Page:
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Managing For Quality

by: Antonietta Pacocha

Managing For Quality MGMT 4650

Antonietta Pacocha
GPA 3.99

Damodar Golhar

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Damodar Golhar
Class Notes
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This 6 page Class Notes was uploaded by Antonietta Pacocha on Wednesday September 30, 2015. The Class Notes belongs to MGMT 4650 at Western Michigan University taught by Damodar Golhar in Fall. Since its upload, it has received 33 views. For similar materials see /class/216976/mgmt-4650-western-michigan-university in Business, management at Western Michigan University.

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Date Created: 09/30/15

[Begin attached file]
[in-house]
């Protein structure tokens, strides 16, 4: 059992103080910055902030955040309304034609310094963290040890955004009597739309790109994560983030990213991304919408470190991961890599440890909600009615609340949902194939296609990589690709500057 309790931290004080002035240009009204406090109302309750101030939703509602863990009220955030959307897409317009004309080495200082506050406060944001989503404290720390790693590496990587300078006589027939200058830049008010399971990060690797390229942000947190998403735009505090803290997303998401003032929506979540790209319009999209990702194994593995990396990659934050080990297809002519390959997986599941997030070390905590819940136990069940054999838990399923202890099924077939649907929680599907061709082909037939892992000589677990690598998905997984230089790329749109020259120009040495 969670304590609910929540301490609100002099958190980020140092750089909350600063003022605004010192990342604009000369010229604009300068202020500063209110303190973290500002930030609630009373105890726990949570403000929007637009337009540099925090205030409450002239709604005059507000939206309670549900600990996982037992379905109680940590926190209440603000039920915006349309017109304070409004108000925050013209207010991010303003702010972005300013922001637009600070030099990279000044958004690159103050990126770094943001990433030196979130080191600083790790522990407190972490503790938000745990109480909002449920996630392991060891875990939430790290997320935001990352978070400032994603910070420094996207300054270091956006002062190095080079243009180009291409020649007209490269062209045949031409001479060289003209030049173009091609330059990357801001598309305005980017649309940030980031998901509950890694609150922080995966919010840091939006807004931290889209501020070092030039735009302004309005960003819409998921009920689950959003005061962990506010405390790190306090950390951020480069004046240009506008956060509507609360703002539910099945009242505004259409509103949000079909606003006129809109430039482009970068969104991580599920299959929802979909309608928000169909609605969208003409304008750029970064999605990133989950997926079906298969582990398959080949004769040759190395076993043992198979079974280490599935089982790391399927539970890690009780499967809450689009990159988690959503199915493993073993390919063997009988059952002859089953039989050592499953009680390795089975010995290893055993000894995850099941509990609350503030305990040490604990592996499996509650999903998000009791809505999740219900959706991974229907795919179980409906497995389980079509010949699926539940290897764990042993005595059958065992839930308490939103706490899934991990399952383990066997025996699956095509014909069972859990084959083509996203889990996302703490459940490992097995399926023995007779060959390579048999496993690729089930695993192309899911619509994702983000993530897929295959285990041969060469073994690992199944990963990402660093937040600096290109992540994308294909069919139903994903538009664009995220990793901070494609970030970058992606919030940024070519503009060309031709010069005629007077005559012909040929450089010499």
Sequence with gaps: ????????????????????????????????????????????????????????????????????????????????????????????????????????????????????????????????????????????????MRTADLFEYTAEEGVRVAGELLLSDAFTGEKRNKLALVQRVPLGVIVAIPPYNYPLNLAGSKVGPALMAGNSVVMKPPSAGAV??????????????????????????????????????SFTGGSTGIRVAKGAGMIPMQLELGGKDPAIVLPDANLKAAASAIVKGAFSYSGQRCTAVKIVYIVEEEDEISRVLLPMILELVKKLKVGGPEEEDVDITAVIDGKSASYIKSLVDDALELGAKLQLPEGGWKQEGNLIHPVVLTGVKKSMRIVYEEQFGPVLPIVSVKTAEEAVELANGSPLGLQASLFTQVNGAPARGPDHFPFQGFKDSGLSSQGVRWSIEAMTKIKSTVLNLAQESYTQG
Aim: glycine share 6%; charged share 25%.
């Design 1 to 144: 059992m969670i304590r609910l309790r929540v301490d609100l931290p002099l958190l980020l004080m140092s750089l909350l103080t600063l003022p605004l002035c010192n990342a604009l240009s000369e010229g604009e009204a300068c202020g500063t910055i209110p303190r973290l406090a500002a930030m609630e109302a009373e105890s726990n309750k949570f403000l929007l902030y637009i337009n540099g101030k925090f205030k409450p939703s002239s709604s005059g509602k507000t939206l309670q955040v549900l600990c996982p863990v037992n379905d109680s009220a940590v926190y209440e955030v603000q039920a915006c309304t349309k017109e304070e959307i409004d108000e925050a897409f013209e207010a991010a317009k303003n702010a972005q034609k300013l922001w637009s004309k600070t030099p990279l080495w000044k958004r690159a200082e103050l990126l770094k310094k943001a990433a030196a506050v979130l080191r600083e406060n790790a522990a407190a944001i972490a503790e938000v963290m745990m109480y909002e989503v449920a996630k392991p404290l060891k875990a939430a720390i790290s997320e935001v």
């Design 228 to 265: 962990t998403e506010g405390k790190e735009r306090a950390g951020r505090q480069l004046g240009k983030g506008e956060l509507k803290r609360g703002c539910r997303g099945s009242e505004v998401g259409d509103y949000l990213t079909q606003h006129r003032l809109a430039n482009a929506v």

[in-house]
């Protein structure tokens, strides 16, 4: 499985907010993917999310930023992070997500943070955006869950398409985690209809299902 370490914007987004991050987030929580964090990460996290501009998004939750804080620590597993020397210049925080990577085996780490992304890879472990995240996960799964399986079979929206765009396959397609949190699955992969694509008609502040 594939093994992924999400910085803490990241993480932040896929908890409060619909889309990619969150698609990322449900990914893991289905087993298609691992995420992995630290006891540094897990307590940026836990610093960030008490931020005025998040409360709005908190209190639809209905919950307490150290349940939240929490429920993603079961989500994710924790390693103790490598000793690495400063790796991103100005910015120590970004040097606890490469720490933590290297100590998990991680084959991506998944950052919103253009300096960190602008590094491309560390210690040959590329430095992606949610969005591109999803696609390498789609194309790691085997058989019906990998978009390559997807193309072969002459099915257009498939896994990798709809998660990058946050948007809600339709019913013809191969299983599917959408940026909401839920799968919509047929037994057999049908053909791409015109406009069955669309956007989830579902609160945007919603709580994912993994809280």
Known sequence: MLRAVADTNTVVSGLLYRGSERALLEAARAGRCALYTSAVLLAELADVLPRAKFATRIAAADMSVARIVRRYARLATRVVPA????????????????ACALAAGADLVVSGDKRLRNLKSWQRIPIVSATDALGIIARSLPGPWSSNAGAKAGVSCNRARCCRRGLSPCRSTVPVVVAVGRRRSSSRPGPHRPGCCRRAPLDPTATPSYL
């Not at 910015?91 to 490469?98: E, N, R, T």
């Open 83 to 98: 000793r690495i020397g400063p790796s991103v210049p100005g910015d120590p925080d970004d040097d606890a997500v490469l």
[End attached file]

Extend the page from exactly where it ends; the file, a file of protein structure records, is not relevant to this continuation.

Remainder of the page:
Competition crates quality ocusing on Customer Needs Customer Expectations are increasing Performance Improvement uallty ch A Qcycle Time vamabllwi m r H a a U ie outsourced i i Changing workforce ECommerce Consumer Reports Role of Quality Control Dept is changing What is Quality7 0 Deming Apredictable degree of uniformity o Crosby Confonnrty to specifications 0 Juran Fitness foruse 39 New De nitions l lleetuig oi e pectauuii tcu tuiiiei changing 2 Delighting the customer iBranding lssue Critical Elements of Quality Management 0 Leadership Customer Focus Continuous improvement Employeelnvolvement Who is a Customer 0 Anyone who depends on the goodsservices the company provides 39 lntemal Customer win the boundanes of the organization divisions 39 External Customer end users consumers wholesalers retailers suppliers i DEMING s 14 POINTS n H H r ii Hi im in business and provide Jobs Adopt a new philosophy Mgmt must learn that it is a new economic age and awaken to the challenge learn their responsibilities and take on leadership for change at i i v i n u o 000 r i i 1 Stop awarding contracts on the basis of low bids T and orevei f i my r 9 plain and productivity and this consLantly reduce costs l SlJtUtelTai i on the Job institute leadership The purpose of leadership should be to help people and technology work better Drive out fear so that everyone may work e ectivel Break down barriers bw depts so that people can work as a team Eliminate lovan exhortations and tar et iui the uikiui w W E imrnate quobas and mgmt by objectives Substitute eadership Remove barriers that rob employees of theirpnde of workmanship institute a vigorous program of education and selfimprovement Make the transformation everyone s Job and put everyone to work on it t DEMING s 7DEADLY DISEASES O y i ooooooooo p ha eamarket ufficient business and provide Jobs quot l i l P l i Ui dii eiib teat ui frorhbankers and shareholders to produce dividends o monalreview mm ii 1 ieouice to f mentmtin H nfthedisease o Jobhoppingbymanagers 0 quotmg nl f inotknown orcannotbeknown o Excessivemedicalcosts 0 Excessive costs of liability driven up by lawyers that work on contingency fees J39URAN s 10 STEPS TO QUALITY IMPROVEMENT Build awareness of both the need for 39 Set goals for improvement Organize to meet the goals that have been set Provide training Implement projects aimed at solving problems Report progress Give recognition Communicate results Keep score 0 Maintain momentum by building improvement into the company s regular systems CROSBY s l4 STEPS TO QUALITY IMPROVEMENT 7 Quality is FREE Make it clear that mgmt is committed to quality for the long term Form crossdepartmental quality teams Identify where the current and potential problems exist Assess the cost of quality and explain how it is used as a management tool Take immediate action to correct problems identified Establish a Zero defects program Train supervisors to carry out their responsibilities in the quality program Hold a Zero Defects Day to ensure all employees are aware there is a new direction Encourage individuals and teams to establish both personal and team improvement goals Encourage employees to tell management about obstacles they face in trying to meet quality goals Recognize employees who participate Implement quality councils to promote continual communication Repeat everything to illustrate the quality improvement is a neverending process r 11 r OOOOOOOOO O OOOOOOOOOOOO Standing in Marketplace 7 How you compete amongst the rest Quality Culture win the Organization Operational Policies amp Procedures Cost of Poor Quality Internal and External Failure Developing Long Term Strategies 0 Internal Failure Costs Defective Product caught in production before shipped t customer scrapped cost reinspect cost of rework lower pricedowngrade cost External Failure Costs Customer received product and found defective I Cost incurred Warranty Customer Dissatisfaction Lawsuits o Appraisal Cost Inspection of Working raw goods finished production costs maintaining equipment costs 0 Prevention Costs Planning for quality training cost supplier evaluation Visible Cost 7 Reprocessing Rejects Customer Returns etc Hidden Costs 7 Lost Sales Delays Damaged Goods etc Top Management always understands figures in 39 figures as opposed to figures 0 Customers given opportunity to evaluate product vs competition 0 Constantly do market studies Customers define quality Organizational Culture Win Company Ask employees how they perceive quality win the company use focus groups Assessing Current Activities are being practiced to improve Quality ASK EMPLOYEES ISO 9000 Certified Europe 460 countries have ISO standards 50000 US Companies 600000 Worldwide 0 Say What you do Do What you say Document Everything 922 New Standard ISO 9000 vs Old one ISO 2000 o W Customer Satisfaction analyzed Continuous improvement in whole process Customer Satisfaction Resource MGMT HR is req to document training and effectiveness of it Adequate Comm System in place MGMT has to be responsible for quality Difficulties encountered w ISO 9000 in Spain I Compliance w customer satisfaction Interpretation was left to companies vs Auditors discrepancy Top MGMT is implementing changes but employees aren t following Only customer complaints are used as customer satisfaction s Info collected only stays w Quality MGMT amp not being heard by the employees No increase in financial gains Lots of falsifying training time to auditors O 0 Companies collect data but don t act on it Crosby I Prevention Costs Appraisal Costs Failure Costs I If on make every product right the rst time you will cut down cost of manufacturing and improve quality 0 Continuous Incremental Improvement Gilmore In the long run quality of serviceproduct goes up cost goes down Customer Satisfaction Goes Up Employee Involvement Goes Up 0 Rule of Thumb External Internal Failure CostsZ Appraisal Costs Prevention Costs 0 Managing for Quality in the US and in Japan Flynn o l Nationality has nothing to do w quality Quality Culture 2 Top MGMT has to be behind culture provide training to employees 0 Implementation of SPC 7 US lack of mathematical skills 0 1 Quality teams implemented 2 Getting CrossFunctional Teams 3 Employees come together to solve problems 0 Sharing of information w individuals doing the work 0 1 Cut down inventory 2 Have a better buyersupplier relationship QUALITY IMPROVEMENT Continuous Improvement 7 Kaizen Sporadic Problem comes and goes VS Chronic Problem w system forever W39hen we are part of the system chronic we don t realize the problem SPORADIC lAre obvious or dramatic amp very visible 2Need immediate attentionaddressed right away 3Payoffs are marginal if you solve the problem 4Obj ectivity is to restore status quo 5 Like putting out a re 7 Prevention 61520 of all problems 7An individual or team can solve problems 8 You use control charts to monitor activity CHRONIC lOccur over a long period oftime therefore not dramatic 2Canbe ignored for the time being 3Ifsolved the payoffs are tremendous 4Change statusquo 5Elimination of the problem 68085 of all problems 7Need crossfunctional teams amp a strategy to solve them longterm 8PDAC cycle amp 6 Sigma 9Project by project approach 0 Steps 0 1 Verify Project Needs amp Problems 2 Identify Root Causes of the Problem 0 Fish Bone Diagram Material an a Metbmd Ma me uses Find a solution 0 6 SIGMA APPROACH 5 Phases of6 Sigma DMAIC steps 1 1 De ne the project Higher PPI better the project for improvement pp Probability of Succes savings 4 ufyears to implement Cost 2 Measure the performance of the current system Baseline Performance DPMO Defects per million opportunities rotal afgefec trsr r 7 total of uppur tunites to produce defects 3 Analyze nding root cause of problem There are diff types of errors conscious subconscious technique com 4 Improve Conduct formal experiment if necessary to focus on the most important process variables an determine the process settings to optimize product results 5 Control Measures the new process capability documents the improved process and institutes controls to maintain the gain 2 Example of 6 Sigma I DEFINE Survey of 100 Customers found Complaint Related 17 Service 5 Account 3 Wait Time 25 DPMO X 10A5 I MEASURE 7 mm a E x1moaasoo 3x100 I ANALYZE Causes Customer Service 0 Wages are low amp low morale Lack ofTraining Account Enor 0 Computers are outdated Poor overhead lighting Wait Time Few tellers during peak time 2575 lcwem 5 sigma level I LMIPROVEr 1 Provide Training 2 Increase Wages 3 change Computers4 Imprch Lighting 5 Add more telleis during peak time w Afterwards Check w anothei Survcy mu 1 i Example Watcrbot c Company oz Level m Lau EvSausunlm um usLMeisi unuuuuuv P 39 quot 4Kee I 6Workwthc n i W opposition Quid Pro Quo 4 6Sigma Performance is correlated whigh set goals 4Dif typcsofproposi ons Training is impoitaut to sueeess Ifyou don t have target set impiovements llout Rcvmrd Recognition is vital TrialByFirc Tiausfomiatiou Globe Metallurgical 1 Problems Union deeisious made from top equipment outdated 39 39 Millionby1995 Cut salaried work force by 13 Computedzed furnaces a saves additional 3 Million Trained employees on ual39 shaiihg Information Guaranteed Full Employment Gainshan39 39 39 ng opportunl es Let go ofmarkcting him allowedto get closer to the customers TQM DOES WORK 1 Har eeds to be NOT top downrNccd frombottomup s Man s arm tbcing evaluated on Quality No ielatiouship w supp ieis PUBLIC SECTOR 1 Problems ofcmployccs went down ofvchiclcs weutu Budget was going to be out by 3 em found unmt Philosophy Ifit ain t luoke don t x it i Actions taken from survey Instituted preventach maintenance piogiam I Quality Planning 2 Why Assumptions are Flawed I C omplete customer satisfaction is key to developing customer loyalty Established priority list of vehicles Brought in more employees to counter other agencies customer complaints about low priority Competitive Benchm arking Benchmark is a point of reference by which performance is judged or measured 0 Strategic plans are developed and then prepared to develop or adapt the best practices 0 Process 0 Product I WHY SATISFIED CUSTOMERS DEFECT l 3 Beliefs applies to subjects such as products customer services and internal processes Identify the benchmark subjects Identify the benchmark partners Determine the data collection method and collect the data Determine the competitive gap Project the future performance of the industry and out company Communicate the results Establish functional goals Develop action plans Implement plans and monitor the results Recalibrate the benchmarks time and cost to make perform the productservice As long as customers are satisfied we are ok 7 total satisfaction not needed Won t provide financial gain Pay more attention to dissatisfied customers vs satisfied Only sure way to achieve is by providing outstanding value Loyalty is in correlation w custom er satisfaction Poor service may not be a result of service satisfaction it could be that the wrong customers are using the productservice Entire process may be incorrect 3 Different Satisfaction Levels Require Different Approaches DO NOT RELY ONLY ON CUSTOMER SATISFACTION SURVEYS Use Market Research interview customers time of arrival amp departure Frontline Personnel train employees how to interact with customers Feedback customer comment cards Strategic Activities invite customers into the hiring process CustomerSatisfaction Indices survey customers about level of satisfaction they tend to quantitative which makes this a useful tool for comparing results from different time periods locations e c 4 LOYALTY If you ask a customer if they will buy the product 50 will buy Intent to Repurchase Primary Behavior 5 categories that show actual repurchasing behavior recency frequency amount retention and longevity Secondary Behavior Customer referrals endorsements and spreading the word are extremely important forms of consumer behavior for a company Frequently it is easier for a customer to respond honestly to a question about whether he or she intended to repurchase the product or service Such indications of loyalty are often ignored bc hey are soft measures of behavior However since secondary behavior significantly leverages positive experiences it is very important to understand what type of experiences create such behav1o 139 5 TQM s Challenge to Management Theory and Practice TQM Difference Intellectual Origins 7 statistics oriented psychology Sources of Innovation 7 RampD Business schools Engineers National Origins 7 US then to Japan then back to the US Dissemination Process 7 hierarchy topdown process SPC to TQM Role of Mgmt 7 they become more of a coach than a manager Effects of Integration 7 activities working together Challenge to Management Theory Organizational Goals 0 Profit Maximization maximization of shareholder wealth 0 Firms primary objective is providing customer satisfaction o TQM doesn t reject the firm should be the pursuit of profit maximization but views it as long term profitability I 8 CRITICAL DIMENSIONS OF QUALITY l 9 Performance product s primary operating characteristics ie Auto Company handling acceleration Brands can usually be ranked objectively on individual aspects of performance Features often a secondary dimension of performance They are the bells and Whistles of products and services those that supplement their basic functionin Reliability re ects the profitability of a product malfunctioning or failing win a specific field of time Bc it requires that a product to be used for a specified period of time it is more relevant to durable goods than to services or products consumed instantly Reliability becomes more important to consumers as downtime and maintenance become more expensive Conformance the degree to which a product s design and operating characteristics meet established standards All products and services involve specifications of some sort Durability a measure of product life durability has both economic and technical dimensions Amount of use one gets from a product before it deteriorates An increase in product life may not be a result of technical improvements or the use of longerlived materials Rather the underlying economic environment simply may have changed Serviceability speed courtesy competence and ease of repair Consumers are concerned not only about a product breaking down but also about the time before service is restored timeliness of service appts are kept Customers may remain dissatisfied even after completion of repairs How these complaints are handled is important to a company s reputation for quality and service Aesthetics how a product looks sounds tastes or smells is clearly a matter of personal judgment and re ection of individual preference Aesthetic choices are not nearly universal Companies have to search for a niche On this dimension it is impossible to please everyone Perceived Quality consumers don7t always have complete information about a product or service s attributes indirect measures may be their only basis for comparing brands For instance durability can seldom be observed directly Images brand names advertising are critical Reputation in the primary stuff of perceived quality